Part 2 - lecture 1.3 - Quiz Flashcards Preview

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Flashcards in Part 2 - lecture 1.3 - Quiz Deck (23):
1

Why do we need gluconeogensis?

Certain cells like the brain, RBCs, kidney mellula, testis, and eye cells rely on glucose for energy

2

Which organ(s) are capable of gluconeogenesis?

90% liver, 10% kidney

3

Which hormone signals to start and which to stop gluconeogenesis? And what signals for this hormone secretion

Glucagon - start
Insulin - stop
Signaled by glucose

4

What are the various substrates for gluconeogenesis?

Glycerol from triglyceride breakdown
OOA from odd carbon FA chains in beta oxidation and AA
Lactate from the Cori cycle for glycolysis in other tissues
Alanine from pyruvate

5

What is the Cori cycle?

When peripheral tissues use ATP to produce lactate and send to the liver to produce glucose to send back out into the periphery

6

What is the alanine cycle?

When skeletal muscle releases AA such as alanine from proteins to be used for glucose production in times of need that are sent to the liver - ammonia removed in form of urea - ATP dependent

7

What is used instead of pyruvate kinase in gluconeogenesis?

2 step process that uses pyruvate carboxylase (biotin dependent and resides in mitochondria) to form OOA (ATP dependent) - OAA can't be brought out of mitochondria so it uses the shuttle system with NADH to form Malate which goes out into cytosol to be converted back to OAA which uses PEP carboxykinase with GTP to form PEP

8

What is the overall energy reaction of gluconeogenesis?

2 lactate + 6 ATP + 6 H20 --> glucose + 6 ADP + 6 Pi

9

What is a reaction that forms intermediates of a metabolic pathway and what is an example?

Anaplerotic reaction - pyruvate to OOA

10

What is the enzyme used in place of PFK1?

F16bisphosphatase to form F6P

11

What enzyme is used in place of hexokinase and where is it located?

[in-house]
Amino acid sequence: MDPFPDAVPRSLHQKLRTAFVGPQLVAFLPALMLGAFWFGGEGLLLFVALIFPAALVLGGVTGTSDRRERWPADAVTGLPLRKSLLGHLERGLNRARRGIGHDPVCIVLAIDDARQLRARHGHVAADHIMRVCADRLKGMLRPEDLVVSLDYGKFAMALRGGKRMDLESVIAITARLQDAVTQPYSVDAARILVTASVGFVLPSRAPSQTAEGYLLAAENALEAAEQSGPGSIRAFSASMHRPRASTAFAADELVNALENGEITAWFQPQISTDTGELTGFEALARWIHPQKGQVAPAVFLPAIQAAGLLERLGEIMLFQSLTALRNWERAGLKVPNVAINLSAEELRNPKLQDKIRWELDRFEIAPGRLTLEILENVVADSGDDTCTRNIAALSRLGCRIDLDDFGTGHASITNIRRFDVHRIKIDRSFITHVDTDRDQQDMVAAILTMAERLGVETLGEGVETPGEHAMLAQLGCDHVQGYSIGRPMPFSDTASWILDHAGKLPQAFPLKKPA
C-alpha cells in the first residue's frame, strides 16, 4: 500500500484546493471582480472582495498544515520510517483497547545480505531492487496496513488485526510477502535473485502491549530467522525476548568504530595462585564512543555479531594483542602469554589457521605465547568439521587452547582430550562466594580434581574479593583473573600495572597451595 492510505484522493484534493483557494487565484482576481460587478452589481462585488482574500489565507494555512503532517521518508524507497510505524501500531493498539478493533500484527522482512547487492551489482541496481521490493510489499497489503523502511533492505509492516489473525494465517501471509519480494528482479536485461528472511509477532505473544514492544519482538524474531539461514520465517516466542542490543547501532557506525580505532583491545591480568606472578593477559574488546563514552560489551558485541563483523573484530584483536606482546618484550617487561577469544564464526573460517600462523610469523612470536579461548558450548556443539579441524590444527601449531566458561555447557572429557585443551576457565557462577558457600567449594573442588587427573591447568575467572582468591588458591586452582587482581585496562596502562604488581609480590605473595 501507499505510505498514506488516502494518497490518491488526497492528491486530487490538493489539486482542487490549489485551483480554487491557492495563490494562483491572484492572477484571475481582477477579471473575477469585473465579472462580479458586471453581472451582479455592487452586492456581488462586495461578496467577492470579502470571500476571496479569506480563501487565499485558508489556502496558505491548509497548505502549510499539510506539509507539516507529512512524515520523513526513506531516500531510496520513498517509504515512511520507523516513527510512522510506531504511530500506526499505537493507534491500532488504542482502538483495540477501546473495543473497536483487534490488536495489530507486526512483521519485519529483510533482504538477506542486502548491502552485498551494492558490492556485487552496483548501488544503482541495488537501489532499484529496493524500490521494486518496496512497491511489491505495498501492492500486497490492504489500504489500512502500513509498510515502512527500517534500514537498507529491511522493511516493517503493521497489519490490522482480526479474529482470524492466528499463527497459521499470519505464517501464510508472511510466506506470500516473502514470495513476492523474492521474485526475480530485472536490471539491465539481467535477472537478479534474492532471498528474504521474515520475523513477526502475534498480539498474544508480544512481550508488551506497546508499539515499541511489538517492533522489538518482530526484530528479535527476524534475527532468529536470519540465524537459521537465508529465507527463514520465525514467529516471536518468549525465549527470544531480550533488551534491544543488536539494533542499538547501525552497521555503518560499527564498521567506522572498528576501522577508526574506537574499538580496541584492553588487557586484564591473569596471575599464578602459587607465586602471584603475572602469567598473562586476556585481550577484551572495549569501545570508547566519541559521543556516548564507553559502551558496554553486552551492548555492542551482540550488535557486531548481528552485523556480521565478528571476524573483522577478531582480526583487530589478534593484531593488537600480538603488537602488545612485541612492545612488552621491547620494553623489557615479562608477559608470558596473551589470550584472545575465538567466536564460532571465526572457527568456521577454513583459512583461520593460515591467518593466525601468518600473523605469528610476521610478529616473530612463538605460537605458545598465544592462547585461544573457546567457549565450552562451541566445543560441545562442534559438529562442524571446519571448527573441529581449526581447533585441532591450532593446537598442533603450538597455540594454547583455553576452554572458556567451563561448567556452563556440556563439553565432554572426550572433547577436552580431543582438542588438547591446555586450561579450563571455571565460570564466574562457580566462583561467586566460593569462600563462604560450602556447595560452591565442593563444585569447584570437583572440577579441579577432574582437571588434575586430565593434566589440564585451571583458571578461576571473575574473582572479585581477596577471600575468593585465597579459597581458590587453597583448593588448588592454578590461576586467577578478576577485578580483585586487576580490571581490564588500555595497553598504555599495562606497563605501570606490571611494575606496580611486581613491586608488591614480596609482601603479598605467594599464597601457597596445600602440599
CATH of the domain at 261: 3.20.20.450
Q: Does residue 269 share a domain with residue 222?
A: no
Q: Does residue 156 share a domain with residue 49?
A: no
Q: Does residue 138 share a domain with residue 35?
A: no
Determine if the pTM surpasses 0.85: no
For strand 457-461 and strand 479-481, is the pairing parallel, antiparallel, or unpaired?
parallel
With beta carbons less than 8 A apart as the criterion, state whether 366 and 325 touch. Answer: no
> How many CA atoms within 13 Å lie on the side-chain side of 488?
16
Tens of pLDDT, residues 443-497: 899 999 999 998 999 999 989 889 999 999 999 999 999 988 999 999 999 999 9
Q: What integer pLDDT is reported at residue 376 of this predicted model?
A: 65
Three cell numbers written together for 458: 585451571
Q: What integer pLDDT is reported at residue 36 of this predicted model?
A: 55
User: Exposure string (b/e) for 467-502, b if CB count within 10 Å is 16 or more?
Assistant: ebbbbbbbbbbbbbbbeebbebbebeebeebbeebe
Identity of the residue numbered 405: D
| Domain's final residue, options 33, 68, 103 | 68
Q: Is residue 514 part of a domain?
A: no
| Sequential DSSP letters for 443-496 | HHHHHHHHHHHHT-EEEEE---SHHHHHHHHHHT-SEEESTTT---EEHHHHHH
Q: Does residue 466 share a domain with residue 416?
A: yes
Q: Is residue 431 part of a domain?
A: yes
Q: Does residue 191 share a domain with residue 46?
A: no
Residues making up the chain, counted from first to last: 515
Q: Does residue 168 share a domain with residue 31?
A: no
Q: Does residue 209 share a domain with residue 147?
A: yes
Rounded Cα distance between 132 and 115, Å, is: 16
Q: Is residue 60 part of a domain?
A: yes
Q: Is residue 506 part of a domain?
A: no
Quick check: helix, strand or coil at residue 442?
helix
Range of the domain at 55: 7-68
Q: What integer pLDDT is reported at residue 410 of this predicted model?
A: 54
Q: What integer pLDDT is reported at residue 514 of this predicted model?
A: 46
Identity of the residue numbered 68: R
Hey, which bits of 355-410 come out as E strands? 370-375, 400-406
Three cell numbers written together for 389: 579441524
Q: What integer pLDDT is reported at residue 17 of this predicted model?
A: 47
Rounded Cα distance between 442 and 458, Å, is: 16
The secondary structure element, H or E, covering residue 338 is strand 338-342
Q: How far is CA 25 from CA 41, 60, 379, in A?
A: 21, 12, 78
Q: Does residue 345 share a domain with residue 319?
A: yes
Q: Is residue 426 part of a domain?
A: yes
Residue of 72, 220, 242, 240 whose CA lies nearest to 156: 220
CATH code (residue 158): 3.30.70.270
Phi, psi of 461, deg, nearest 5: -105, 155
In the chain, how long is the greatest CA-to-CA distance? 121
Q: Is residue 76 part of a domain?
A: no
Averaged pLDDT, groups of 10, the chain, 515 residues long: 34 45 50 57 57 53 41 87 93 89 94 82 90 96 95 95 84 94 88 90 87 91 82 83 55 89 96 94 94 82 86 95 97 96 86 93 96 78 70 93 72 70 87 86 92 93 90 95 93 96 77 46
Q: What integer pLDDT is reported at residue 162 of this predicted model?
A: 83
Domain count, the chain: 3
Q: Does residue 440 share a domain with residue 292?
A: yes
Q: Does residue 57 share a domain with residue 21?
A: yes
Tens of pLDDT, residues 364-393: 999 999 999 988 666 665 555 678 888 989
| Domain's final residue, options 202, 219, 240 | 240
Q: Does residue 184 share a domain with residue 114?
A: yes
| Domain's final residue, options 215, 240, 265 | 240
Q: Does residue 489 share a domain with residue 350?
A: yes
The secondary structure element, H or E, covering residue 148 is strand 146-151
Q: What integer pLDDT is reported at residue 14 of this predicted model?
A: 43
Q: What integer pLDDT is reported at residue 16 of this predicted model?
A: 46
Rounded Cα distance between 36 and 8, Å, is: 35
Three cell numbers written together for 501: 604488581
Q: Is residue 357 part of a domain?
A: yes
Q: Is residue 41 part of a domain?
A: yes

G6phosphatase located in ER - G6P is moved from cytosol to ER by translocase

12

What transports glucose and inorganic phosphate out of ER to cytosol and to the blood stream?

GLUT-7 to cytosol and GLUT-2 to blood stream

13

Why is the liver special?

It has GLUT2 on cell surface and releases glucose derived from glycogen and gluconeogensis

14

Which AA can not participate in glucose synthesis

Leucine and Lysine - they are ketogenic

15

How do FAs and glycerol contribute to glucose synthesis?

Triglycerides from adipose storage can be hydrolyzed to get glycerol which can be converted into DHAP to produce a 1/2 glucose
FA beta oxidation occurs in odd carbon FAs that produce AcCoA units to also give 1/2 glucose

16

Can ketones form glucose?

No because ketones can't be converted into pyruvate or OOA

17

Can glucose be synthesized from other sugars?

Yes, when liberated from complex carbs can be used in gluconeogenesis in the liver (mannose and galactose)

18

What can stimulate pyruvate carboxylase?

acetyl CoA upregulated by FA beta oxidation

19

What can induce synthesis of PEP carboxykinase?

Glucagon

20

What can inhibit F16BP and activate it?

Glucagon stimulates while AMP and F26BP inhibit

21

What does increased glucagon do in gluconeogenesis?

Increased FA beta oxidation to increase AcCoA to upregulate pyruvate carboxylase
Down regulate pyruvate kinase and F26BP (decreasing PFK1 by inhibition of PFK2) to stop glycolysis

22

What does increased insulin do in gluconeogensis?

Stimulates glycolysis by increasing F26BP levels from restoration of kinase activity of PFK2 to produce PFK1

23

What does alcohol do to gluconeogenesis?

Stops it and may cause lactic acid because the break down of ethanol in the liver produces NADH which pushes pyruvate from AAs to lactate